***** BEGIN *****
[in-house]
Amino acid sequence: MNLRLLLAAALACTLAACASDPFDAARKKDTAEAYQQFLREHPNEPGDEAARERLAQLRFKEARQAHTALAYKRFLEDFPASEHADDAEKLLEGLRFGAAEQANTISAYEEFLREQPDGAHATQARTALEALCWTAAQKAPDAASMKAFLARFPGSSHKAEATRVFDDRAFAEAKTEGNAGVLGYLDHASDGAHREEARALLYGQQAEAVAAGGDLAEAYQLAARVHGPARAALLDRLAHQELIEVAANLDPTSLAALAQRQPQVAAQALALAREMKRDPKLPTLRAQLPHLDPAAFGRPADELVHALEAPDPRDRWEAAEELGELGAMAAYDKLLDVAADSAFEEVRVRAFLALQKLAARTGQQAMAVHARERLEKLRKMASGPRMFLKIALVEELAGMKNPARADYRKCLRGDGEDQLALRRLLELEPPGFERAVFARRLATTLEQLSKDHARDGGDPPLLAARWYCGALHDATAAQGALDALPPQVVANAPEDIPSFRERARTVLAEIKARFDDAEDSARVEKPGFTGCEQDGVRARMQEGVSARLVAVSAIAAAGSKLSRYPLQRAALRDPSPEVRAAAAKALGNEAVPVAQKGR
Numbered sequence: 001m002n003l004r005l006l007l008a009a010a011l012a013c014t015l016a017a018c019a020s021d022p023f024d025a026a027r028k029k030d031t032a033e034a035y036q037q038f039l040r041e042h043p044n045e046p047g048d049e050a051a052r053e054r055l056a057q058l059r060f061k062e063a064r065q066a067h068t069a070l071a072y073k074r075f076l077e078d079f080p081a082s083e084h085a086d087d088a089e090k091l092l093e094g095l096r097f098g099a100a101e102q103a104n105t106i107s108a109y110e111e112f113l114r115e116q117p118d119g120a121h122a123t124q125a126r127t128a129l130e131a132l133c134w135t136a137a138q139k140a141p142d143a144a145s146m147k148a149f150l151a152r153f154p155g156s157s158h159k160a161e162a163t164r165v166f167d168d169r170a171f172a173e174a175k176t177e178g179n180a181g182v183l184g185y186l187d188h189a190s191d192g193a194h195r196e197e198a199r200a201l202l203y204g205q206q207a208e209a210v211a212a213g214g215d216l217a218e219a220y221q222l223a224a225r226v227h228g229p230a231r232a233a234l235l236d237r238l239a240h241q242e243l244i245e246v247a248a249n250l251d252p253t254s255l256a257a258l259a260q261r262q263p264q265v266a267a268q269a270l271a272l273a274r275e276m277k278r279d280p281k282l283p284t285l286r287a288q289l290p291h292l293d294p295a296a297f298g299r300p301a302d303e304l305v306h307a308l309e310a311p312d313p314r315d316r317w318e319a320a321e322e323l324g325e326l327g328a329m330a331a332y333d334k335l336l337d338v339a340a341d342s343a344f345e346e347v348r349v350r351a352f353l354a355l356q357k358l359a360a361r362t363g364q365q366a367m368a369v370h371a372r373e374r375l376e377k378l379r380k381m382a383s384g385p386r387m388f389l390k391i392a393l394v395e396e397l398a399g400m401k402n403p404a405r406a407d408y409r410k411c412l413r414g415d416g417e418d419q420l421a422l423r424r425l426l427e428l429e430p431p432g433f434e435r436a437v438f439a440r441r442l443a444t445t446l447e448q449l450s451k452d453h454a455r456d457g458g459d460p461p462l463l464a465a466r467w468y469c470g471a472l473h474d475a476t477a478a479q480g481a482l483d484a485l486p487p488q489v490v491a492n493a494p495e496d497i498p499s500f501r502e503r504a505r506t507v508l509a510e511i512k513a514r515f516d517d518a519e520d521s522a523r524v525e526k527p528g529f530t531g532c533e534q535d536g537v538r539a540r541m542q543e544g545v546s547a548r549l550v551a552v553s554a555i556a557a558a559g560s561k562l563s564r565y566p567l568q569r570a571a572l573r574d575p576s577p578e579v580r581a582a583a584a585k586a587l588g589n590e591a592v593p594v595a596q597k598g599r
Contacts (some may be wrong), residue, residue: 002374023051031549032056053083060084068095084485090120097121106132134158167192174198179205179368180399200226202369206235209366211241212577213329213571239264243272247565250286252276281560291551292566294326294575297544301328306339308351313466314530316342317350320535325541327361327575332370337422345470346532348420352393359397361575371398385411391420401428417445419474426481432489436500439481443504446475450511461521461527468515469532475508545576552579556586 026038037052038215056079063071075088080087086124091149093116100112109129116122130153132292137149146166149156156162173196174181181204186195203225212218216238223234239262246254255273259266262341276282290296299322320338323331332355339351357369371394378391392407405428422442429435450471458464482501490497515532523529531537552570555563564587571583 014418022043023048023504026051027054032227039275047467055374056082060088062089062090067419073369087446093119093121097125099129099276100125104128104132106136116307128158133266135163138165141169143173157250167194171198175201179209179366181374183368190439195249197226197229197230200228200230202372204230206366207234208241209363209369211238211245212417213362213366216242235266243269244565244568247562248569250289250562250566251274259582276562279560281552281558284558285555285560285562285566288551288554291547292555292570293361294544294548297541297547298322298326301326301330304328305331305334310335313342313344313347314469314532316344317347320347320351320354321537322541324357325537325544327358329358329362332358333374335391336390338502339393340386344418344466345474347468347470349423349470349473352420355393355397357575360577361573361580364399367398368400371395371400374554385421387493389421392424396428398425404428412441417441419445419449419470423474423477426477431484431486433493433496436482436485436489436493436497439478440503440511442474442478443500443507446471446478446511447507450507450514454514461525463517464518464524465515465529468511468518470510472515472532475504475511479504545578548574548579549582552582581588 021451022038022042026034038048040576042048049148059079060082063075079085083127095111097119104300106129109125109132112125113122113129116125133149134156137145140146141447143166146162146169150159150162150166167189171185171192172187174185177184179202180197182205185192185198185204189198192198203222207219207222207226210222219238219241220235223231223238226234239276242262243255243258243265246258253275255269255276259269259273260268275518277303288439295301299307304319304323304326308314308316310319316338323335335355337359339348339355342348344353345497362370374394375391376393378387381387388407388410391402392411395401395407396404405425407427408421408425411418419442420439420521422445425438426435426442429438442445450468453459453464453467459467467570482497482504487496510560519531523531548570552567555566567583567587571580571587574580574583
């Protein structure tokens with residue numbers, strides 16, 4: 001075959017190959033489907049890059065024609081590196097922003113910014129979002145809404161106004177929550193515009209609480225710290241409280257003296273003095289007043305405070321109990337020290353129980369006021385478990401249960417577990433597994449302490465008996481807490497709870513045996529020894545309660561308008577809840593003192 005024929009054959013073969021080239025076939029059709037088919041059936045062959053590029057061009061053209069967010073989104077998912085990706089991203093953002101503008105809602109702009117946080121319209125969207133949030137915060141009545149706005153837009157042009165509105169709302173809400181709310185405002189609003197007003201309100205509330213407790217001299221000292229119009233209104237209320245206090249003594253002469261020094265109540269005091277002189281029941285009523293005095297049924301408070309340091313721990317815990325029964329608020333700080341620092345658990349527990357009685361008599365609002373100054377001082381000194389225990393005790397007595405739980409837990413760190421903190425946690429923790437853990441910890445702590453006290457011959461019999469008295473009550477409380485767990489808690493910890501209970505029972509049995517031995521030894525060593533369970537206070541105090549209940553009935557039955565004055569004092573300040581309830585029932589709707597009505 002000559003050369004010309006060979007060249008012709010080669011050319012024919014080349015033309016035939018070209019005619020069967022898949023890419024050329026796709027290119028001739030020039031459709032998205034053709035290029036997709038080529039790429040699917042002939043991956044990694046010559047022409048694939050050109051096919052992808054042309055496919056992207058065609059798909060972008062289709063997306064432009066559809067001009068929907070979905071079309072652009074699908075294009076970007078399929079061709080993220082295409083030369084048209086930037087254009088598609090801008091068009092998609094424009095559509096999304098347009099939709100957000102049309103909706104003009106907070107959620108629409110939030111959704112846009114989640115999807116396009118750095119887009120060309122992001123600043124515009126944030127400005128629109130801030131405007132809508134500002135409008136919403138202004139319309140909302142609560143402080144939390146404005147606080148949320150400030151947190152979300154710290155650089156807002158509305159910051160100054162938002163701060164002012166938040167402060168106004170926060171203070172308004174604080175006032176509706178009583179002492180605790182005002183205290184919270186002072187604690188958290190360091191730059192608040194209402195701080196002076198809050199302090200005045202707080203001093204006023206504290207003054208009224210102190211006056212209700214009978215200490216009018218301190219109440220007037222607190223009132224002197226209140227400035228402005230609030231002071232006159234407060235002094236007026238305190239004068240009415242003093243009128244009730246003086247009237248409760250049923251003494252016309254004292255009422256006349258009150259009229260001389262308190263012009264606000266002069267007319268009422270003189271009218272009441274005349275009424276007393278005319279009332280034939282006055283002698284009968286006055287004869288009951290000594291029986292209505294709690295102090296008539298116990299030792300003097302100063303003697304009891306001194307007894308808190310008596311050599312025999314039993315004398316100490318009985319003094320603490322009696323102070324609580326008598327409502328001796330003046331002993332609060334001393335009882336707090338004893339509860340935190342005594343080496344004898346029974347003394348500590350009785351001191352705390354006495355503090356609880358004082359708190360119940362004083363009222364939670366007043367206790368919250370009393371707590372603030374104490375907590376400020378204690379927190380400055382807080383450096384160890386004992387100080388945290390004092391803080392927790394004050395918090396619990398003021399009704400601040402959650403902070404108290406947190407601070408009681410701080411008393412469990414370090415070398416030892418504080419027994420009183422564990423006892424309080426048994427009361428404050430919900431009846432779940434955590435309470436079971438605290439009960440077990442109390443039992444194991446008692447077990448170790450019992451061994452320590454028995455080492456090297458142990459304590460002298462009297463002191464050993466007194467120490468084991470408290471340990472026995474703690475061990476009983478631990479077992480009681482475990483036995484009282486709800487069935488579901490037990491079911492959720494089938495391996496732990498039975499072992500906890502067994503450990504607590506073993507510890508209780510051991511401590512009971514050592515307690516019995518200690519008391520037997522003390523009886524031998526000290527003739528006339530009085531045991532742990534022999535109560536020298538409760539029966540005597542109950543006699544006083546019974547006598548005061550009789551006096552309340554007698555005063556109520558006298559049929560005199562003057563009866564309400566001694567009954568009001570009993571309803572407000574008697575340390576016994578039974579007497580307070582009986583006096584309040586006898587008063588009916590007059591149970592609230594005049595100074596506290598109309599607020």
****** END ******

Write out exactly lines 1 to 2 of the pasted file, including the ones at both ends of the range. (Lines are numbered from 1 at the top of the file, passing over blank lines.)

[in-house]
Amino acid sequence: MNLRLLLAAALACTLAACASDPFDAARKKDTAEAYQQFLREHPNEPGDEAARERLAQLRFKEARQAHTALAYKRFLEDFPASEHADDAEKLLEGLRFGAAEQANTISAYEEFLREQPDGAHATQARTALEALCWTAAQKAPDAASMKAFLARFPGSSHKAEATRVFDDRAFAEAKTEGNAGVLGYLDHASDGAHREEARALLYGQQAEAVAAGGDLAEAYQLAARVHGPARAALLDRLAHQELIEVAANLDPTSLAALAQRQPQVAAQALALAREMKRDPKLPTLRAQLPHLDPAAFGRPADELVHALEAPDPRDRWEAAEELGELGAMAAYDKLLDVAADSAFEEVRVRAFLALQKLAARTGQQAMAVHARERLEKLRKMASGPRMFLKIALVEELAGMKNPARADYRKCLRGDGEDQLALRRLLELEPPGFERAVFARRLATTLEQLSKDHARDGGDPPLLAARWYCGALHDATAAQGALDALPPQVVANAPEDIPSFRERARTVLAEIKARFDDAEDSARVEKPGFTGCEQDGVRARMQEGVSARLVAVSAIAAAGSKLSRYPLQRAALRDPSPEVRAAAAKALGNEAVPVAQKGR